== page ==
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Stora Enso revises its investment plans in China

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Stora Enso revises its investment plans in China

August 12, 2013 - 04:44

BRUSSELS, July 25, 2013 (PPI Europe) - Stora Enso has changed its plans for growth in China. Following the project approval for the integrated pulp and board project it intends to build in Guangxi, southern China, from the Chinese National Development and Reform Commission, the group announced that it has revised the original investment plans.

Stora Enso revealed its plans to invest some Euro 1.6 billion ($2.1 billion) in plantation-based integrated board and pulp mills at Beihai city in March last year. At the time, the group said the mill site would initially include a 450,000 tonne/yr paperboard machine and pulp capacity of 900,000 tonnes/yr, including the necessary energy plant and auxiliary facilities. At a later date, the site's board capacity was planned to be expanded to 900,000 tonnes/yr.

"We will be selling market pulp in the country before the second [board] line is built," Stora Enso's CEO, Jouko Karvinen, said during a conference call in March last year.

Now, Stora Enso has decided to start by building a consumer board machine scheduled to be operational in early 2016. Construction of the previously announced pulp mill will be started after the board machine has been completed.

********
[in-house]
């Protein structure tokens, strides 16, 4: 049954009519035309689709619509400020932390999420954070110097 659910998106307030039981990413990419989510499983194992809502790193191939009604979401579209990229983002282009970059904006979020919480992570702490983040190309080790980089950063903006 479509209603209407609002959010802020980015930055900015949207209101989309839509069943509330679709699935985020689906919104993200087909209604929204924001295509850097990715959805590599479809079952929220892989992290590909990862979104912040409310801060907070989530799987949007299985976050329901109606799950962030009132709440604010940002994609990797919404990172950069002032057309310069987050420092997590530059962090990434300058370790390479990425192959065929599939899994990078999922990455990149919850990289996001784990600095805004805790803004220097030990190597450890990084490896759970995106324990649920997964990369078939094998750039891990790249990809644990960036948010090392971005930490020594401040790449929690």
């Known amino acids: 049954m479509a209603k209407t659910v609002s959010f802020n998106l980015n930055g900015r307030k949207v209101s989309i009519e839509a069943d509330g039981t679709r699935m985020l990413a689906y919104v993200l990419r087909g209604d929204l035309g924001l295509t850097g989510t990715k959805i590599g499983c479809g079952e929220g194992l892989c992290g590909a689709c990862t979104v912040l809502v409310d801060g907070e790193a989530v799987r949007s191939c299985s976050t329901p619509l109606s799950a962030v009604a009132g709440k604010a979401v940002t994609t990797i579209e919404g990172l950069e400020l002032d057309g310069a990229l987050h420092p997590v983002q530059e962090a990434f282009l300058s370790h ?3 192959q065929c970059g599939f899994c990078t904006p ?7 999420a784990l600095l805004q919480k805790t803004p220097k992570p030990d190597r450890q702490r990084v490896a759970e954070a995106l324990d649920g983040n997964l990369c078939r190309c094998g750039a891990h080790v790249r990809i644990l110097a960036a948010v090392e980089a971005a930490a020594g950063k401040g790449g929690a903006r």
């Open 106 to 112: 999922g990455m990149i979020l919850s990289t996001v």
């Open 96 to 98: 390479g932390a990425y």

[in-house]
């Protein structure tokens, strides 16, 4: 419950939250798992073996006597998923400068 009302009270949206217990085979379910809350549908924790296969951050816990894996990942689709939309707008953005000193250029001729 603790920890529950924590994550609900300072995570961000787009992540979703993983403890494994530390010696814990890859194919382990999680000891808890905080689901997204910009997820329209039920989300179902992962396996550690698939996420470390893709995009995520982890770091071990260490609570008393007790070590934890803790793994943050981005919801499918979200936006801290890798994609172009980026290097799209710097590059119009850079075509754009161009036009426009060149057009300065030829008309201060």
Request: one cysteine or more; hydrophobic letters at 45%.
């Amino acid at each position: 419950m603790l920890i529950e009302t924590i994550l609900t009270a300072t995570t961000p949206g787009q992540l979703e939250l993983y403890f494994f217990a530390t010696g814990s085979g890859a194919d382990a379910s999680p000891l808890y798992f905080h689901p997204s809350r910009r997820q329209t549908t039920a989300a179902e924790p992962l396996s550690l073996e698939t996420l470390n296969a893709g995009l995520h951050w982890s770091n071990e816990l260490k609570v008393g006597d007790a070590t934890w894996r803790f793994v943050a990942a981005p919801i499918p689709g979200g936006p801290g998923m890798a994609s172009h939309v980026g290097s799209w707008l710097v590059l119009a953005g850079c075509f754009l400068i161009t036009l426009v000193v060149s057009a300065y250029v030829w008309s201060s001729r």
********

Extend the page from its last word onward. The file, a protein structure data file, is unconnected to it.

"The revised two-phase schedule, starting with the board machine and related industrial investments, will enable us through our customers to access the Chinese consumer market with an accelerated timetable. The revised investment schedule will cut the mid-term three-year capital expenditure requirements by half, as capital will be committed for the pulp mill only when the board machine is already generating cash flow," Mats Nordlander, head of Stora Enso's renewable packaging division, said in a statement.

According to Stora Enso, the capital expenditure for the first phase of the project is estimated at around Euro 760 million, comprising Euro 590 million for industry and Euro 170 million for plantation operations.

"Delaying [the] construction of the pulp mill will also give us an additional three years to build up our fiber base and sustainable plantation operations in harmony with the local communities and with the support of all stakeholders. We will not be acquiring new land for eucalyptus plantations before we have solved the existing challenges concerning land leasing," Nordlander said.

"[...] now we don't have to rush, so to say, in ramping up the forestry operations and all those things and even land expansion because of the fact that we'd have a pulp mill waiting for wood. Now we can do it in a controlled, cost efficient and responsible manner," Karvinen explained during a conference call on Stora Enso's second quarter results. He added that he just approved a very small capital investment to start leveling the mill site. "So this is for real. This is not PowerPoint any more. We're off and going," Karvinen said.

Biorefinery for Sunila pulp mill

Elsewhere, Stora Enso has decided to invest Euro 32 million in building a biorefinery at its Sunila pulp mill in Finland, which is to reduce the CO2 emissions of the mill by replacing up to 90% of natural gas by lignin extracted from black liquor. According to the group, this will be the first step towards a new business selling lignin to external customers.